In Northern California, allergist Gregory W. Bensch, MD, started seeing high tree pollen counts in mid-January.
“It’s definitely a month, month-and-a-half earlier than usual,” says Bensch, who practices at the Allergy, Immunology, and Asthma Medical Group in Stockton, Calif.
He says, normally, his patients who suffer from spring allergies would start getting mild symptoms in February, with the real suffering -- swollen, itchy, red eyes; sneezing; runny noses -- setting in around March.
“I’m seeing those really miserable patients already. So it’s definitely been a very early, atypical year for the allergy sufferers.”
And many people are coming into doctors’ offices confused by spring allergies that hit mid-winter, which is normally cold and flu season.
“They weren’t quite sure: ‘Is this allergies? Do I have a cold? What’s going on?’” says Frank Virant, MD, an allergist at the Northwest Allergy and Asthma Center, in Seattle. “It was clear from looking at the nasal secretions under a microscope that it’s allergies.”
Bernard S. Zeffren, MD, says it’s only the third time in his 16 years of practice in Orlando, Fla., that allergy season and cold and flu season have overlapped. “We’re probably going to have a spread-out kind of year,” he says.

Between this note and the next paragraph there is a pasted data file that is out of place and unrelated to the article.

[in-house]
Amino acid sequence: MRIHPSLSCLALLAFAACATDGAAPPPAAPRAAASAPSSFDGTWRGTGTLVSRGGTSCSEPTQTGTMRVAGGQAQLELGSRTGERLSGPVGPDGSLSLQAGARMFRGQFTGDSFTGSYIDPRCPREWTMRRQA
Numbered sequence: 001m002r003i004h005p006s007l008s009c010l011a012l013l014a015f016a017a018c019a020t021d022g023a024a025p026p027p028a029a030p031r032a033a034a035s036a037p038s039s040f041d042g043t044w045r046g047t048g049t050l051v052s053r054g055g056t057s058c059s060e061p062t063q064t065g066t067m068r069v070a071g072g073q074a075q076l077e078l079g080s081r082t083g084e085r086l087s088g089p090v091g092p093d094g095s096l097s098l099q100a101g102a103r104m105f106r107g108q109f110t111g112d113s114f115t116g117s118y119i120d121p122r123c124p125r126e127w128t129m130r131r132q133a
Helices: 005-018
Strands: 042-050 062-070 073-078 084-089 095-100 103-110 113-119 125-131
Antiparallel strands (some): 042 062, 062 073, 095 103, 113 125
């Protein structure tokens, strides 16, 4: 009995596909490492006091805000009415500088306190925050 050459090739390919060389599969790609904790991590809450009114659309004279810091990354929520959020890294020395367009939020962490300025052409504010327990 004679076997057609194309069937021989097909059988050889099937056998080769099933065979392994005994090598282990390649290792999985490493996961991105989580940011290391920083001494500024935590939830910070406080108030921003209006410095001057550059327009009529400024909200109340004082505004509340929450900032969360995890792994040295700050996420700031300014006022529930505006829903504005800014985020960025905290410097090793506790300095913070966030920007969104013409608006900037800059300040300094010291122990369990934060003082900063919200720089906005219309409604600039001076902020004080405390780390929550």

Biologists say an early pollen season may also mean a long one, though that’s more difficult to predict since the length of the season will depend on precipitation.
After the trees start blooming, rainfall determines how long they keep shedding pollen.
“There are some years that our pollen has come and gone very quickly because it’s been warm and dry,” says Kim Coder, PhD, a professor of tree biology at the University of Georgia, in Athens.
“When you have rainy, intermittent weather, that can prolong the tree pollen season because it lengthens the time the flowers are open and producing pollen,” Coder tells WebMD.